1. Boards have created this mess by having retired CEOs, most of whom were probably overcompensated in their time, continue the tradition of overpaying the CEOs of the firms on whose boards they sit for similarly mediocre performance, i.e., it is a learned trait.
2. CEOs who consistently create superior returns for their shareholders deserve extraordinary compensation for their extraordinary performance.
3. CEOs who do not consistently create superior returns deserve modest fixed compensation. Their bonus compensation should definitely depend upon the superior shareholder returns they cause to occur. No superior returns, no wealthy CEOs.
4. Change takes time. Americans aren't particularly good at being patient. But, if one would give market forces a chance, and not rush to legislation, this "problem" of CEO (over)compensation should be self-correcting in not too long a time. I have suggested how this might happen here.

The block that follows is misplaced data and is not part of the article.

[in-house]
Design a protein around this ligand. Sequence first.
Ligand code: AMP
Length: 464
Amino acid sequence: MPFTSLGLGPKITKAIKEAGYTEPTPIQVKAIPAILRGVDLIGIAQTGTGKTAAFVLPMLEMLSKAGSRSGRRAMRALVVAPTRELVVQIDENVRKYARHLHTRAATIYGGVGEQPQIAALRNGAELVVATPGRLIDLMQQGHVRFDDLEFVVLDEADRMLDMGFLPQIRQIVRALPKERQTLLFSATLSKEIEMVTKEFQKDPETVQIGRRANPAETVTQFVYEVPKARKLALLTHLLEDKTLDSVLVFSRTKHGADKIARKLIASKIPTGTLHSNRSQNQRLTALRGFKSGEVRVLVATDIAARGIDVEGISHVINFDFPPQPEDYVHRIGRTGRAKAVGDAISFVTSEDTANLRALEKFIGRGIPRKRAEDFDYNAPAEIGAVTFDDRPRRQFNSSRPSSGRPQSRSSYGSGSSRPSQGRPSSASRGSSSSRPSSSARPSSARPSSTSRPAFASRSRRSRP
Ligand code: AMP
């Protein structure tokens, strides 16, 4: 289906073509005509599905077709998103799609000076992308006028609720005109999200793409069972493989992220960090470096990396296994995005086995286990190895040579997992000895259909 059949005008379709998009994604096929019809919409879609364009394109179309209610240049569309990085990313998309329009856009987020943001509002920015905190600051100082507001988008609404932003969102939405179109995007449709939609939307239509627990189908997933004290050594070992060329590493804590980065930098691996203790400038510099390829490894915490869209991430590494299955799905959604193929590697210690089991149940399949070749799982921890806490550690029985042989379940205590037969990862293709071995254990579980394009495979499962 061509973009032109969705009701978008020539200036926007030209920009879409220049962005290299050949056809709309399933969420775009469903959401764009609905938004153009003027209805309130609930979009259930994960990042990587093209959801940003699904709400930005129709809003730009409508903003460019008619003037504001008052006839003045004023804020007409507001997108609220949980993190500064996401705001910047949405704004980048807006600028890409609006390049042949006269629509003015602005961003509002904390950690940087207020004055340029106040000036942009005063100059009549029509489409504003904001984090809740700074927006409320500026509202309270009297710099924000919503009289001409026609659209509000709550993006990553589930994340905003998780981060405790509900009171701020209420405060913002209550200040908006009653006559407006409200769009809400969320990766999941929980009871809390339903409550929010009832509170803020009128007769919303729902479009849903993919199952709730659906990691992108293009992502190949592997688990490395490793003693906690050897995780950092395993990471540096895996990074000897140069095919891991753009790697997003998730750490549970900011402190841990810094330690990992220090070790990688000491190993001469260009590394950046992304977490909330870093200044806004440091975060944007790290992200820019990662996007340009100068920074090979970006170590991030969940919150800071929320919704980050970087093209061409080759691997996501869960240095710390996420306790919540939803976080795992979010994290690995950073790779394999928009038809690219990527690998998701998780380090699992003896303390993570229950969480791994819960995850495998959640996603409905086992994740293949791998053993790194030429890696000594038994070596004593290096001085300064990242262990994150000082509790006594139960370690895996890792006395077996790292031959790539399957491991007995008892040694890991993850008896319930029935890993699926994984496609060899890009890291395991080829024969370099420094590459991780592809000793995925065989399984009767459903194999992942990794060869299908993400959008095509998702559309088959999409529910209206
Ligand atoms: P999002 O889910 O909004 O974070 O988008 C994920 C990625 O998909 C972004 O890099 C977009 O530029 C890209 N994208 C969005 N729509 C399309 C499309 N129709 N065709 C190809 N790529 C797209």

It reminds me of the mess that our politicians have created with Federal election campaign finance "reform." The more they have tinkered with it, the worse the problem has become. Had they simply opted for full disclosure of campaign financing to begin with, the whole matter would probably have been self-correcting there, too.
Sometimes, you have to let markets, even "information" markets, take a little time to work. But they do. Rushing them usually creates unintended consequences of significant proportions.
When I read the two posts together, they portray me as perhaps a bit schizophrenic in my assessment of the company's fortunes. Back in September, I classified Wal-Mart as an aging and no-longer consistently superior performing retail giant which will probably not regain its luster. I noted that it has not been in my equity portfolio selections for many years. Yesterday, I referred to it as having usually outperformed the S&P during the last 25 years.